Basic Small Business Accounting Terminology and Definitions

Basic Small Business Accounting Terminology and Definitions

As a new business owner, you’re not expected to be a bookkeeping wizard, you hire professionals to do that for you so that you can concentrate on running and growing your business. But keep in mind two reasons you should have a basic understanding of bookkeeping, to keep the IRS happy, and to help you manage your business.

Most people tend to be masters in one or two fields rather than everything they try. You may be an expert when it comes to thinking up creative ideas or an artist when it comes to making those ideas a reality. You might have great people skills or be a genius with all things technical. So if you’re a natural entrepreneur but still can’t name three important financial documents, you’re not alone. According to some counselors to America’s small businesses, many small business owners would flunk basic bookkeeping. With that in mind, here are some basics that every small business owner should be familiar with.

Certain words and terms will become familiar to you in time, but the following is the most basic business terms you will need to understand: Balance sheet is a financial statement that shows an overview of the company’s finances. In order to balance your books, follow this formula:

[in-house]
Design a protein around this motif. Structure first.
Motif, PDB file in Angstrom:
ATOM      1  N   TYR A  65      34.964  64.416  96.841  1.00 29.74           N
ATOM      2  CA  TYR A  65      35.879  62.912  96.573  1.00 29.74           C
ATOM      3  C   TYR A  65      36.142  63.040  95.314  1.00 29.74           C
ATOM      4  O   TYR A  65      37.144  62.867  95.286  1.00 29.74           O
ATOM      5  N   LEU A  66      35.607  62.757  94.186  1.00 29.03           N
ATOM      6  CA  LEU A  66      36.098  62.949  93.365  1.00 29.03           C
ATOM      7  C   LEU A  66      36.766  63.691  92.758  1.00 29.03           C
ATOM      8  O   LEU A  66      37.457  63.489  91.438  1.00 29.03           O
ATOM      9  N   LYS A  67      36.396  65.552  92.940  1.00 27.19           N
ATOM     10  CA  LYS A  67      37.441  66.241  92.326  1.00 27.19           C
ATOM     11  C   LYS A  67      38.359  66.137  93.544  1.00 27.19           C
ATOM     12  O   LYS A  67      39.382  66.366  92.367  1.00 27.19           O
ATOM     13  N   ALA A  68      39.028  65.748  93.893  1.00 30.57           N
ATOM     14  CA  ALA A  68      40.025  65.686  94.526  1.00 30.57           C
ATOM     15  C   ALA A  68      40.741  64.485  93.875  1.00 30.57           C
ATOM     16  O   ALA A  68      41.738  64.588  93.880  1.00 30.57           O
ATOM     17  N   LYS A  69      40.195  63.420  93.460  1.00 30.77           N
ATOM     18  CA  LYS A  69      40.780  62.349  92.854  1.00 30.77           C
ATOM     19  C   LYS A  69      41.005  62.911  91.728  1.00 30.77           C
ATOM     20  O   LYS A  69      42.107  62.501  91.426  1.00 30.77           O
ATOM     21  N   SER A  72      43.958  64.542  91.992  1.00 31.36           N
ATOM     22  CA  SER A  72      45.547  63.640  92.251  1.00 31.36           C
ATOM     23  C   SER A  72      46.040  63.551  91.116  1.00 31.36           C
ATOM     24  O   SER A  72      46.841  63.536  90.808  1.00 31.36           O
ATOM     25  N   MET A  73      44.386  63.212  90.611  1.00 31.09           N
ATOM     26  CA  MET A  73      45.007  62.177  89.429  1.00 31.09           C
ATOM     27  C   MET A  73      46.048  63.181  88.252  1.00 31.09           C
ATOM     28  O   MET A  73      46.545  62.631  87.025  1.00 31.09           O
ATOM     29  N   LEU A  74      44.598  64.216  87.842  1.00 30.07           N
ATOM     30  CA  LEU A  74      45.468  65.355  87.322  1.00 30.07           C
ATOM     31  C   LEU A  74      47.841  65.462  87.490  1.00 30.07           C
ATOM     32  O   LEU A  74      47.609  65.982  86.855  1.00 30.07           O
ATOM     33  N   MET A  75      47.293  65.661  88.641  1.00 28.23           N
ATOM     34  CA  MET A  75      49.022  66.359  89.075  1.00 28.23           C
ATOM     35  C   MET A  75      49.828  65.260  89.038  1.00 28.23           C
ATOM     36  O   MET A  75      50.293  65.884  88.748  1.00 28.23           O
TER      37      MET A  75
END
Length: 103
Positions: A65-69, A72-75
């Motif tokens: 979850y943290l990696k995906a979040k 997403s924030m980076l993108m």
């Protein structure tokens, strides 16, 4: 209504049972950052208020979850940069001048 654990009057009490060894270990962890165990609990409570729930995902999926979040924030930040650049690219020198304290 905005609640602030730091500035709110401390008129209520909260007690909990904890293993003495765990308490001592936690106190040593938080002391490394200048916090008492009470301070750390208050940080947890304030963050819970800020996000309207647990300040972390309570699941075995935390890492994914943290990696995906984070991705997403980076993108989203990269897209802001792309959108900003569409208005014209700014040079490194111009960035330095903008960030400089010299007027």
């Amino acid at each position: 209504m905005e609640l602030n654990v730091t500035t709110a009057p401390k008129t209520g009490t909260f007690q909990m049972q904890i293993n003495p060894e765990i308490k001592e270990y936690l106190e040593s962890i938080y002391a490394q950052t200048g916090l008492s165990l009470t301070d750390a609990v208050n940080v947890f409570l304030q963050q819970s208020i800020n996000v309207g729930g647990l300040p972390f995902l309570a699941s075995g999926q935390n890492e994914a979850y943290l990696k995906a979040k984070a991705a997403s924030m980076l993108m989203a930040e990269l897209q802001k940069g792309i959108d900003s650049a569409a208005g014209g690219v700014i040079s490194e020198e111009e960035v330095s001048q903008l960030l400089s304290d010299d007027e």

Assets = Liabilities + Equity: Assets are resources, what the company owns, like cash, inventory, equipment, and vehicles. Liabilities are what the company owes others, including bills to vendors, credit card balances, and any loans you have taken out.  Equity is all the money invested in the company by its owners.

Know your accounting method: Cash-basis accounting is when you record transactions only upon payment. Accrual accounting is when you record transactions when they happen, regardless of whether you’ve been paid yet. Income statement is a financial statement that shows an overview of the company’s financial activity over a specific period of time. In order to assess where you’re at, follow this formula:
Net Profit or Loss = Revenue – Cost of Goods Sold – Expenses
Net Profit or Loss – A positive number means your business made money, and a negative number means you’ve lost money.Revenue: The money earned from selling goods and services.

The Cost of Goods Sold: The money spent on producing goods and services.

Expenses: The money spent to operate the business, not including the cost of goods sold.Accounts payable is the account from which you pay your bills.

Accounts receivable is the account in which you deposit money from sales or other invoices.

One of the most difficult aspects of trying to build a business with traction is the fact that money can be tight. As tempting as it is, you should avoid the pitfall of spending every penny you make. Uncle Sam wants some of that money, too. Systematically put money away throughout the year for the taxes that will be due on your income.

Even if you just learn the basics, that will be enough to provide you with the knowledge to track your company’s financial situation. So take a little time to set up a simple bookkeeping system or hire a professional accountant so that you can keep growing your business.